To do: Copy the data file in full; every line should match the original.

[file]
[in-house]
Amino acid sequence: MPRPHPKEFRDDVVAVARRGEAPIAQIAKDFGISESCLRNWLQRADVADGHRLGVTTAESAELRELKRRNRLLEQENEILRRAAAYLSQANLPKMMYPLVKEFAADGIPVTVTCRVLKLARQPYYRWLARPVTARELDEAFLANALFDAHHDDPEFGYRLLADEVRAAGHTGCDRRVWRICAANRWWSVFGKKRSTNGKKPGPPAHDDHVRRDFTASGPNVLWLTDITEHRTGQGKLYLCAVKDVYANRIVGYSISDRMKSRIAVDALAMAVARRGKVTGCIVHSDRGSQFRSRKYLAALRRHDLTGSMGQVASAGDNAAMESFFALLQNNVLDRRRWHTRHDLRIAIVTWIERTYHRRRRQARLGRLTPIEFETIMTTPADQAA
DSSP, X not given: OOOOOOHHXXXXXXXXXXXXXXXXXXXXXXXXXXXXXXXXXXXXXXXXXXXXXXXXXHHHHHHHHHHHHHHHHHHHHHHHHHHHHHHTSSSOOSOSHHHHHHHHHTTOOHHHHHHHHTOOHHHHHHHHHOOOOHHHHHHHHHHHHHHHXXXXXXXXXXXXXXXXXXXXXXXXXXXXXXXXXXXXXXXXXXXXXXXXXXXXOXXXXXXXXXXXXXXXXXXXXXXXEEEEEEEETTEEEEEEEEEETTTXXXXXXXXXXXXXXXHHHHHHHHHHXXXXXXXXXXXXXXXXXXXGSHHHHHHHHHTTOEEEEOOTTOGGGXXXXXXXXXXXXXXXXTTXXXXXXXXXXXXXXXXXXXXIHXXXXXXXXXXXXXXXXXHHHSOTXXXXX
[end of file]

[in-house]
Amino acid sequence: MPRPHPKEFRDDVVAVARRGEAPIAQIAKDFGISESCLRNWLQRADVADGHRLGVTTAESAELRELKRRNRLLEQENEILRRAAAYLSQANLPKMMYPLVKEFAADGIPVTVTCRVLKLARQPYYRWLARPVTARELDEAFLANALFDAHHDDPEFGYRLLADEVRAAGHTGCDRRVWRICAANRWWSVFGKKRSTNGKKPGPPAHDDHVRRDFTASGPNVLWLTDITEHRTGQGKLYLCAVKDVYANRIVGYSISDRMKSRIAVDALAMAVARRGKVTGCIVHSDRGSQFRSRKYLAALRRHDLTGSMGQVASAGDNAAMESFFALLQNNVLDRRRWHTRHDLRIAIVTWIERTYHRRRRQARLGRLTPIEFETIMTTPADQAA
DSSP, X not given: OOOOOOHHXXXXXXXXXXXXXXXXXXXXXXXXXXXXXXXXXXXXXXXXXXXXXXXXXHHHHHHHHHHHHHHHHHHHHHHHHHHHHHHTSSSOOSOSHHHHHHHHHTTOOHHHHHHHHTOOHHHHHHHHHOOOOHHHHHHHHHHHHHHHXXXXXXXXXXXXXXXXXXXXXXXXXXXXXXXXXXXXXXXXXXXXXXXXXXXXOXXXXXXXXXXXXXXXXXXXXXXXEEEEEEEETTEEEEEEEEEETTTXXXXXXXXXXXXXXXHHHHHHHHHHXXXXXXXXXXXXXXXXXXXGSHHHHHHHHHTTOEEEEOOTTOGGGXXXXXXXXXXXXXXXXTTXXXXXXXXXXXXXXXXXXXXIHXXXXXXXXXXXXXXXXXHHHSOTXXXXX